What is a mole?
A mole usually happens after the skin is exposed to bright sunlight which affects the natural melanin and the melanocytes that make up the skin pigments.
The usual outcome is that the skin tans or becomes darker. When a melanocyte (skin pigment) grows together in a cluster – this is called a mole.
These are extremely common and according to the British Skin Foundation, most of us will have between 10 and 50 on our bodies. A mole is usually brown in color and has a single tone
What is melanoma?
Even the word “melanoma” comes from the Greek “melas” which means black and is, therefore, the perfect term to describe a part of the skin that has developed an abnormal coloring.
Melanoma can develop near to a normal mole, on top of one or on a different part of your skin. The main difference between a melanoma and mole is the fact that melanoma will multiply and spread to other parts of the body.
Two or more colours
One of the most obvious and easy to spot signs that your mole might be at risk is its color. If it is flat and even in tone – there is probably nothing to worry about. But if you notice two or more colours within the mole or around its edges, it is time to have it checked out.
Have a look at your mole color: colours you might expect to see range from a dark black through to different shades of brown and even pinks, blues and reds.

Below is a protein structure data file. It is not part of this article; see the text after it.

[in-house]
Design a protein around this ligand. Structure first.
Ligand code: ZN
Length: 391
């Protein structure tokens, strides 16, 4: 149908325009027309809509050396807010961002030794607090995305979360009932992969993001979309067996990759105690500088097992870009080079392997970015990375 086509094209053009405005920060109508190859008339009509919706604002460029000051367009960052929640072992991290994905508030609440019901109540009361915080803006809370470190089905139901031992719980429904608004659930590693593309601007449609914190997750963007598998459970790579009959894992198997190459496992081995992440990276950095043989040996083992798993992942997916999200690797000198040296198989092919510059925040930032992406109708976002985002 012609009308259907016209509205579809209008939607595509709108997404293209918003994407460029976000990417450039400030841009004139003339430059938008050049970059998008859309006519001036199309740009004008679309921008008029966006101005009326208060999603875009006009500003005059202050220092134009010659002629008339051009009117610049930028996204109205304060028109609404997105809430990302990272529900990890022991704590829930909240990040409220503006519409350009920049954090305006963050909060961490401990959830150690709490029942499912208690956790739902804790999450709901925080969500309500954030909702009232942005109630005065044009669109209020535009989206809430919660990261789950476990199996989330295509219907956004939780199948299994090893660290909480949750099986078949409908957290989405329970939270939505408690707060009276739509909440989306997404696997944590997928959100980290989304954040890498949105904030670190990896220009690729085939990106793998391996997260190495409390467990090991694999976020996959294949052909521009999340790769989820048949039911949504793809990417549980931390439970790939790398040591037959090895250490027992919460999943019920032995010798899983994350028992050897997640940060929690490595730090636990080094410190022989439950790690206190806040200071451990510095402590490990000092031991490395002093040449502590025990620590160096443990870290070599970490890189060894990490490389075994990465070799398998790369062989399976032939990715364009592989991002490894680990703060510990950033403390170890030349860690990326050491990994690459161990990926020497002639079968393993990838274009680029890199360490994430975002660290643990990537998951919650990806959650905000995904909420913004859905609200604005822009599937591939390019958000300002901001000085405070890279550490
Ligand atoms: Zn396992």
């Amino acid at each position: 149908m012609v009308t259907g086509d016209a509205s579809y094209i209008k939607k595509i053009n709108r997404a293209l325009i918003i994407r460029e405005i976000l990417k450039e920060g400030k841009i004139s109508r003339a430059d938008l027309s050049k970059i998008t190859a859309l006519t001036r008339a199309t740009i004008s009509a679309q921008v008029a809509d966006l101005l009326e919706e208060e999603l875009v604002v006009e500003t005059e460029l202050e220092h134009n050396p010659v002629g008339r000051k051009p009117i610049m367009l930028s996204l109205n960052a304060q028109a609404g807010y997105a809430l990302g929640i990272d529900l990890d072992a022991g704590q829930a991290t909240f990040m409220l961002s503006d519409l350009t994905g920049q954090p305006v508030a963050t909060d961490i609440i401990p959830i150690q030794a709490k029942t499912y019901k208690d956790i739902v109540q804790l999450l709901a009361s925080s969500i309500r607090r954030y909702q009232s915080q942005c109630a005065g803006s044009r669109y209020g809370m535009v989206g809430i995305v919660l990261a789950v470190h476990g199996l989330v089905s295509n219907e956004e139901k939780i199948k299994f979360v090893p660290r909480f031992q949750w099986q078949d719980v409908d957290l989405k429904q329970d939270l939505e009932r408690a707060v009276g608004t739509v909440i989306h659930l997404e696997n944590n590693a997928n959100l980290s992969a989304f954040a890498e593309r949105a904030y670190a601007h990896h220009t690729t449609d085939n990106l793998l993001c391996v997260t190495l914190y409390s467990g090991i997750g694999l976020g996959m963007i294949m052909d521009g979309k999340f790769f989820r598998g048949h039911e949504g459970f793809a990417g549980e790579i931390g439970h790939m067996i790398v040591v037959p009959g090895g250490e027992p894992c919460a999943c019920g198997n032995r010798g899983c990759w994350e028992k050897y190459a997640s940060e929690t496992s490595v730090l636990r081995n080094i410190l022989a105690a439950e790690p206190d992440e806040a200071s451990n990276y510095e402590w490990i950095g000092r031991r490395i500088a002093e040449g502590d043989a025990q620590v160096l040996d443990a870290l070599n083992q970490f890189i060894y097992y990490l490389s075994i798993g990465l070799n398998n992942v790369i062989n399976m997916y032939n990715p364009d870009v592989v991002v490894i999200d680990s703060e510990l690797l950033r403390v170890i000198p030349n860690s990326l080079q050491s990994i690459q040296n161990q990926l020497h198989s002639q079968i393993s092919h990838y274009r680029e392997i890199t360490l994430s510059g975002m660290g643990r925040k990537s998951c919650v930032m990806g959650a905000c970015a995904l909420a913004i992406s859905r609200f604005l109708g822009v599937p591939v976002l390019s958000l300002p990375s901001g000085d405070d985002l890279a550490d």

The fact that you have two or more shades within the mole is the key to identifying something that is a bit iffy. Of course, if you see blood or weeping, it is doubly important that you have it checked by your doctor.
Different from the others
A mole on your skin that is different in color to other moles may also be a warning sign. This is especially true if it is larger and has less definition around its borders. In this case, even if it has just one color, you should do a skin cancer check.
Mole color that changes over time
If your mole has lightened or become darker over time, this may be an indication that it is changing. Once again, you should have this checked out. This is when having a time-lapse photo collection would really help. Use SkinVision to take a photo and then compare it over time can really help to identify a darkening mole or a mole with changing color.
The moles on your skin are usually perfectly fine and a normal reaction to sun exposure.